On a natural note

On a natural note

Behind every scented perfume lies a subtle play of science and art, writes Philip Samuel


The history of fragrance is as old as mankind itself which is evident from the fact that the world knew of fragrant substances and their preparation at least 4,000 years before the Birth of Christ.

Fragrance is the essence of luxury and refinement and has been giving comfort and joy to people for a very long time. The modern fragrance industry often uses toxic substances that can leave a negative impact on health.

But now that people are becoming more conscious about their health and want to use safe products, these industries are emphasising on using natural ingredients in their products. There is a high demand for natural ingredients as many small and big companies are
coming out with their line of products.

Scented notes of a perfume

Just like various shades of colours turn into a painting, fragrance notes are necessary to make perfume.

Top, middle and base when blended, create the perfume’s fragrant accord.

The top or peak note is the most volatile and gives the prelude that affects the olfactory sense as a first impression.

The middle note, also called the bouquet or heart note, unfolds a few moments after the application of the perfume.

The base, also called a fond note, is the clinging impression that is left
behind and embraces the wearer for hours. Flower extracts are mostly used in the top note of a perfume.

The making of perfumes

Behind every ‘scented’ perfume lies science and art which is performed by a perfumer with many years of experience and sharp olfactory senses. They are called ‘the nose’. Many ingredients comprising of natural, as well as synthetic, are involved in the creation of a perfume. The ones with majorly natural ingredients are called as fine perfumes with their history dating back to early 90s where great perfumers from the South of France were involved. Grasse, a village there, is still the centre of fine perfumes.

Naturally fragrant ingredients are extracted not only from flowers but from leaves, roots, barks, wood and seeds. Rose and jasmine dominate the category of floral fragrances but there are other flowers like Ylang-Ylang, Daffodil, Tuberose, Carnation, Iris, Hyacinth, Lily of the Valley, Narcissus and Orange Blossom.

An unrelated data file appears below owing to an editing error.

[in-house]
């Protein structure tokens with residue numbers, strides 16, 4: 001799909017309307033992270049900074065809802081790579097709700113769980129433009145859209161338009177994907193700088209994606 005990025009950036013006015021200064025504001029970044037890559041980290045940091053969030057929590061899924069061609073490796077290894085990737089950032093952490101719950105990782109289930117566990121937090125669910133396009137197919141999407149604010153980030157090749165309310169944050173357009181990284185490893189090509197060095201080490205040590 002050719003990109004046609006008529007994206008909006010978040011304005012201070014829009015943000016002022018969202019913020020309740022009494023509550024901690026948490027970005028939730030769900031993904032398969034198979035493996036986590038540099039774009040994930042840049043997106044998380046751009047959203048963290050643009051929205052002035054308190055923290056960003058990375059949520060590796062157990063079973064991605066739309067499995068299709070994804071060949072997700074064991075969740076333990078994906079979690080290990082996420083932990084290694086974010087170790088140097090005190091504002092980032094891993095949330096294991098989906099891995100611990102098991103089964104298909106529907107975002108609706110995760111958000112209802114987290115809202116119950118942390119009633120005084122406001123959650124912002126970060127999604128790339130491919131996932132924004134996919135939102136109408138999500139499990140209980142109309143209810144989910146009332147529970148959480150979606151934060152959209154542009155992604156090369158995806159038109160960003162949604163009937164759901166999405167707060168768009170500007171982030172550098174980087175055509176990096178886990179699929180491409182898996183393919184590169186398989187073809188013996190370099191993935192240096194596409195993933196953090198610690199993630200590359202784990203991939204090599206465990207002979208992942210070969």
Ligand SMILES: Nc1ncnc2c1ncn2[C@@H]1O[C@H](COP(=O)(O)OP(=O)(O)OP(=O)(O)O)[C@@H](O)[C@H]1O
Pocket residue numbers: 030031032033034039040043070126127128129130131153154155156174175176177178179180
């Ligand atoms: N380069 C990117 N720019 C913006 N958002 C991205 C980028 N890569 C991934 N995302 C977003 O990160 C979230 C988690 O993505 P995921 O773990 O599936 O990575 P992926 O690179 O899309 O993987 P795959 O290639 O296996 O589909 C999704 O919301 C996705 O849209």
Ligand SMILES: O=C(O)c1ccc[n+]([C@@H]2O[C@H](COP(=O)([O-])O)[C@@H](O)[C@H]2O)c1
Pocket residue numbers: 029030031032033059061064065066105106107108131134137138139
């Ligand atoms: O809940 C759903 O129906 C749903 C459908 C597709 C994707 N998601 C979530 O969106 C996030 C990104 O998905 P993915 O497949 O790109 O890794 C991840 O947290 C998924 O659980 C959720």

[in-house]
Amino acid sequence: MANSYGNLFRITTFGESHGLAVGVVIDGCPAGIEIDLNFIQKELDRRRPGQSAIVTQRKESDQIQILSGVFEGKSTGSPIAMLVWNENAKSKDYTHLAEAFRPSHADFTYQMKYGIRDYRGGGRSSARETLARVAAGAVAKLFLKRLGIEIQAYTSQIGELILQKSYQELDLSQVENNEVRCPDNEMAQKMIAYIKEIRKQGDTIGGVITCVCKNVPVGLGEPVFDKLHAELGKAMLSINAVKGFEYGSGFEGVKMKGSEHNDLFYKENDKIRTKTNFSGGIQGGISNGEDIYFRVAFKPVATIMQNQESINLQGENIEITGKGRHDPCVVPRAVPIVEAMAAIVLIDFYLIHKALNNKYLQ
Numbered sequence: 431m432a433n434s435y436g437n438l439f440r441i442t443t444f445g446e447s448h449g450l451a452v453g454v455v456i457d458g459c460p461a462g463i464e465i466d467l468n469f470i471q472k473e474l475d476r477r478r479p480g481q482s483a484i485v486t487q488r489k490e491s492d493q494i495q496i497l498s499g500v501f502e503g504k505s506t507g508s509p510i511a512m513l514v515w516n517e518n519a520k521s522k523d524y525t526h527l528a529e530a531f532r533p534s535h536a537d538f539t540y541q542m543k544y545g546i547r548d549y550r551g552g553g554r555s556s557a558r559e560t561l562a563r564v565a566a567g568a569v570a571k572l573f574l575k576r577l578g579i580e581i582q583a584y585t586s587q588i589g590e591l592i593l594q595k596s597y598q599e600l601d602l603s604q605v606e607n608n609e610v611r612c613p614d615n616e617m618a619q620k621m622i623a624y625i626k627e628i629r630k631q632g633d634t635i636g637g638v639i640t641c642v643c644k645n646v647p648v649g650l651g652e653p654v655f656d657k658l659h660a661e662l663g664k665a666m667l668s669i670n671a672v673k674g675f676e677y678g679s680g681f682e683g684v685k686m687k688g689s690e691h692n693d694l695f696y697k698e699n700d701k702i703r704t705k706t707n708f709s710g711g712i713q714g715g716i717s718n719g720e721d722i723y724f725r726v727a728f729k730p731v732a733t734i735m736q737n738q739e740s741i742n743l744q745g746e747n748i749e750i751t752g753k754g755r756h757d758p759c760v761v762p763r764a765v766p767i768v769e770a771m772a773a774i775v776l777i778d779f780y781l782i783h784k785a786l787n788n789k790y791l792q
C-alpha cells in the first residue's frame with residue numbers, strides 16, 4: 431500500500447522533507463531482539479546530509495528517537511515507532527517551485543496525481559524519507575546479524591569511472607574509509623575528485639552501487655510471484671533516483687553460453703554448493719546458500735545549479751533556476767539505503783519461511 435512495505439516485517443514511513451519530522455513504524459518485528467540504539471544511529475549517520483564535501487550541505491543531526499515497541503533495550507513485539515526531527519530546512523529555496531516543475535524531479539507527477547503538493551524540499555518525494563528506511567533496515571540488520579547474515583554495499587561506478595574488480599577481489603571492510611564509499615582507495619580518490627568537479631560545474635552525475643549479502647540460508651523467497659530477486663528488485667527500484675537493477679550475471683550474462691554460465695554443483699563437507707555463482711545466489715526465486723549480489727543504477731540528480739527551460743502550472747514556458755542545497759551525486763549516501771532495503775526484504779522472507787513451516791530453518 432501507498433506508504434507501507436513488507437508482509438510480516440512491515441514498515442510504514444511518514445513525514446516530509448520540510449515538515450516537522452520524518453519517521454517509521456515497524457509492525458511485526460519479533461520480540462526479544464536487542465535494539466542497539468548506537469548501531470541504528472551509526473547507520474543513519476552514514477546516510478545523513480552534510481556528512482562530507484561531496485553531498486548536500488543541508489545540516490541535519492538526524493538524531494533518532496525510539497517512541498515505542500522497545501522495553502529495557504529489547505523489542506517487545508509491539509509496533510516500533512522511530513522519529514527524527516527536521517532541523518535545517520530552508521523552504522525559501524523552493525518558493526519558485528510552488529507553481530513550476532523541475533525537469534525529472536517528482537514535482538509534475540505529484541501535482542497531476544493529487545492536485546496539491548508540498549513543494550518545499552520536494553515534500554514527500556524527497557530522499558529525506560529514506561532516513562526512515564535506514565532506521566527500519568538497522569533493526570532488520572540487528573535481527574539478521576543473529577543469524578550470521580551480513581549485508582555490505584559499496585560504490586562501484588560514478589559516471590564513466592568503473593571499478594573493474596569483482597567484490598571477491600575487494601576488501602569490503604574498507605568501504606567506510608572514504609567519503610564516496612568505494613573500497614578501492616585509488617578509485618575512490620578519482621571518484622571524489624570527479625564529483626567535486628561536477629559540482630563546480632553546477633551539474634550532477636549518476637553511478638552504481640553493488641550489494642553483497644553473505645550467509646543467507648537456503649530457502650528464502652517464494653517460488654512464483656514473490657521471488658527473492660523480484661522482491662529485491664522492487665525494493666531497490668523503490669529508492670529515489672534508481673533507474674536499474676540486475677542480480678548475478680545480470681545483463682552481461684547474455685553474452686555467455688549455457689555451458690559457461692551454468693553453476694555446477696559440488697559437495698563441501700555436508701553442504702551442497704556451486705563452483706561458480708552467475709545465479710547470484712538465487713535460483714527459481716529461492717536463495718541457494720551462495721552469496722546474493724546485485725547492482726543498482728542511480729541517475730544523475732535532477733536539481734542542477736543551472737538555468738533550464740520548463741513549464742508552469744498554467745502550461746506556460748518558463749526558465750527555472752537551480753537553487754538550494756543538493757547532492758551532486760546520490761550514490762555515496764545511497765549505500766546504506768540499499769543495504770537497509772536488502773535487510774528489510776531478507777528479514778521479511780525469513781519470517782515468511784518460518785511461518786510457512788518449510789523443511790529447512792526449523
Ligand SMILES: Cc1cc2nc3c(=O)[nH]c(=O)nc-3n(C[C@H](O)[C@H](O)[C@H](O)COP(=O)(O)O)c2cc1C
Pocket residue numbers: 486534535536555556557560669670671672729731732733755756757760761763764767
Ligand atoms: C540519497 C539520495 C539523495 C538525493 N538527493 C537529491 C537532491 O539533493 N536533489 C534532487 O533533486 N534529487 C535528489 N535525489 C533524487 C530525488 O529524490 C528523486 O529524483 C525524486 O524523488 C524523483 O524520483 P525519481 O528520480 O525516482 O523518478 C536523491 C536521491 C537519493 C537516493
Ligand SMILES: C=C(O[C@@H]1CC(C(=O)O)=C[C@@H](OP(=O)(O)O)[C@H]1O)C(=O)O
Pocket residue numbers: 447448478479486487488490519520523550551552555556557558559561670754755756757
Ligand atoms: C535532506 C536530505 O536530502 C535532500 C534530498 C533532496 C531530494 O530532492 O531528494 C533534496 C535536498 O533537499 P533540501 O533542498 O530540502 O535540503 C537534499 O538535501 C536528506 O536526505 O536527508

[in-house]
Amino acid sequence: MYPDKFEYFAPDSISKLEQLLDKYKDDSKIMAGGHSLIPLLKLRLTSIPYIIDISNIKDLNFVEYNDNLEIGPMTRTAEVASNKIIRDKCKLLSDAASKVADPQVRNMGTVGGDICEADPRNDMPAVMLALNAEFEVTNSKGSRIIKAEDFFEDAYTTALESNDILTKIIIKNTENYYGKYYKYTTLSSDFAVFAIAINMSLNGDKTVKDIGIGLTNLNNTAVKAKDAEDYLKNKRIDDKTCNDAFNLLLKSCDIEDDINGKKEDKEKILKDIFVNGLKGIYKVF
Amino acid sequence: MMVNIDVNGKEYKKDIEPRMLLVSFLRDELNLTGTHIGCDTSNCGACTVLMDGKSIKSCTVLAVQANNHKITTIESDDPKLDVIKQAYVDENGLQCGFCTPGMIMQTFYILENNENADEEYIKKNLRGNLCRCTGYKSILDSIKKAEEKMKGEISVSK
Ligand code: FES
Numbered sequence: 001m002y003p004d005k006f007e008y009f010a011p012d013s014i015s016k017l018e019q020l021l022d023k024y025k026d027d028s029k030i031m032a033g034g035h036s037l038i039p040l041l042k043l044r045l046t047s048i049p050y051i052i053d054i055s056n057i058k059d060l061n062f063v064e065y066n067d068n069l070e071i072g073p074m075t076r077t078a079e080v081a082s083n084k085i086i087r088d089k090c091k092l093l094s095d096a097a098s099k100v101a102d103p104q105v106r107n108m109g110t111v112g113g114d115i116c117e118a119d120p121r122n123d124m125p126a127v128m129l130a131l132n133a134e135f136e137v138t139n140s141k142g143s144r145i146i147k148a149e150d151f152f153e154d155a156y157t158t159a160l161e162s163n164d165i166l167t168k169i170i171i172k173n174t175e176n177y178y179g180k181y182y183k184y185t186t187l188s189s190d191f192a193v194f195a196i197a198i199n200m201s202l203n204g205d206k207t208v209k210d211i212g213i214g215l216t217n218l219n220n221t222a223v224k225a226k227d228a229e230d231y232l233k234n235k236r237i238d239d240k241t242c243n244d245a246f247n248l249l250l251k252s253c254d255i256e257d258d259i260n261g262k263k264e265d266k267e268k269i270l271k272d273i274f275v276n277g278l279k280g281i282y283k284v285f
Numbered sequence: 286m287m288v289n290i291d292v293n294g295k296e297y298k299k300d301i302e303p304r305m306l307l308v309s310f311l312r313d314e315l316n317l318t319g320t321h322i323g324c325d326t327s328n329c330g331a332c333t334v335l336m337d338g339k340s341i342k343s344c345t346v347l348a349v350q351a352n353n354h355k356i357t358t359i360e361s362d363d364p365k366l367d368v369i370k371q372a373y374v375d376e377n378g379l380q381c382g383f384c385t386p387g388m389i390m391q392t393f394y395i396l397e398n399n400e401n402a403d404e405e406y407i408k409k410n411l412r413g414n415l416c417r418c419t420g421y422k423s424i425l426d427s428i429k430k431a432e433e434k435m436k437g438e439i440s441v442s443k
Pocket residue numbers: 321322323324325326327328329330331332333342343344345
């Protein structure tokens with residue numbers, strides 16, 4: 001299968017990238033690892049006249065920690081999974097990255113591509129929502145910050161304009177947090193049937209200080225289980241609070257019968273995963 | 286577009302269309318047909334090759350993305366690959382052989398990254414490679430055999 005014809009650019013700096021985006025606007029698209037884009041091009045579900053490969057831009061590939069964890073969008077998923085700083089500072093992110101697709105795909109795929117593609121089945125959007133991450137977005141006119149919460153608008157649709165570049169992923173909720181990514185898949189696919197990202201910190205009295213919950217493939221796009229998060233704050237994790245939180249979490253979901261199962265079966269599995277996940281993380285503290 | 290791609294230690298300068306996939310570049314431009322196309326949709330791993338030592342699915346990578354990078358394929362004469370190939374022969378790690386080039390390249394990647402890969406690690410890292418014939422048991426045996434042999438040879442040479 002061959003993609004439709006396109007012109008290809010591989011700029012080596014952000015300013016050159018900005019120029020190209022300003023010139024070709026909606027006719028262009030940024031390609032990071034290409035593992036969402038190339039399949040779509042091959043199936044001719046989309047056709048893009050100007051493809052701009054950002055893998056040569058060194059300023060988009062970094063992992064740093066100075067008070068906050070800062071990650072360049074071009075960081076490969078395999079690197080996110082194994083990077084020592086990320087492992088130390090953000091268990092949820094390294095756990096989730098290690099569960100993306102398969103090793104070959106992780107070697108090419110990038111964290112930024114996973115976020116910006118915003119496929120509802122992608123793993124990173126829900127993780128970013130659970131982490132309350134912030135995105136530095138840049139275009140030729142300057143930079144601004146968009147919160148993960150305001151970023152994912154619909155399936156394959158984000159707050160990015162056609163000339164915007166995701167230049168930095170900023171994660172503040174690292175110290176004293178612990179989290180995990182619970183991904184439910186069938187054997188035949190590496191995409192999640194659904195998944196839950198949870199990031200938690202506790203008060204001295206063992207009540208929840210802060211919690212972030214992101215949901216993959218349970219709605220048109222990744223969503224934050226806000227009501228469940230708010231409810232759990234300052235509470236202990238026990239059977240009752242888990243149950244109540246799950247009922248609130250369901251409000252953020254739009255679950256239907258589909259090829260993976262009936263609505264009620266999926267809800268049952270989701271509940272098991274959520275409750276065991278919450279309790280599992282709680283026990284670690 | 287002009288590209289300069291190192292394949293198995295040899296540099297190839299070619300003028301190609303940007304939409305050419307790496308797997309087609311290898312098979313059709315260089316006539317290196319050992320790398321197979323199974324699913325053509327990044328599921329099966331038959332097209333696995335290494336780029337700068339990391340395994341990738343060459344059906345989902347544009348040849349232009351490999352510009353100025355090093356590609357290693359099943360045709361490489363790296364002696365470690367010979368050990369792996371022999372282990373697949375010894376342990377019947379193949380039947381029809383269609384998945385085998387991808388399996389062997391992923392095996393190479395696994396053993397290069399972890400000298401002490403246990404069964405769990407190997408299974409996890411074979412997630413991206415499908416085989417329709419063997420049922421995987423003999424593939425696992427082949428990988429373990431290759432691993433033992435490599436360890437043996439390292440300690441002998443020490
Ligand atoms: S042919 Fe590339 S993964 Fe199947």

There are two types of oils that are present in natural materials.

Fixed or fatty oils: Fixed oils have a high boiling point and viscosity and are oily to the touch. Some of the examples include groundnut oil, castor oil, neem oil and coconut oil.

Essential oils: These oils are volatile and have a low boiling point. They contain all the fragrance of the natural material.

Extraction of essential oils

As far as extraction from flowers is concerned, the delicate flowers must be extracted immediately because they are volatile in nature and can’t be carried for long distances. Also, flower extracts are mostly used in the top note of a perfume. Steam distillation is the most common and simple process of extracting essential oils where live steam is passed through the flowers and it carries the essential oil as a vapour. The whole thing is condensed with cold water and turns into liquid. The condensed steam is water in which small quantities of the essential oil is present.

The essential oil is separated by decantation if it is immiscible with water. If not, it will be re-distilled to recover the essential oil from the water. Examples include rose oil and neroli oil. 

In the case of some natural materials like white flowers, steam distillation is not a reliable method as it destroys the essential oil present in the flower. They are extracted with solvents to make what is called the concrete of the flowers. These are waxy substances similar to shoe polish having the essential oil as well as the waxes of the flowers. The concretes are then extracted in high-quality alcohol and chill-filtered to separate the waxes. The process is repeated a few times to get the pure essential oils. These oils made by solvent extraction are not called oil but called absolutes — Jasmine Absolute, Tuberose Absolute, Coffee Flower Absolute, Frangipani Absolute etc. Rose is also a solvent extracted to produce Rose Absolute.

Extracting from nature is a sort of a revolution which is not new. It is also influencing choices as people are now preferring natural fragrances over synthetic ones.


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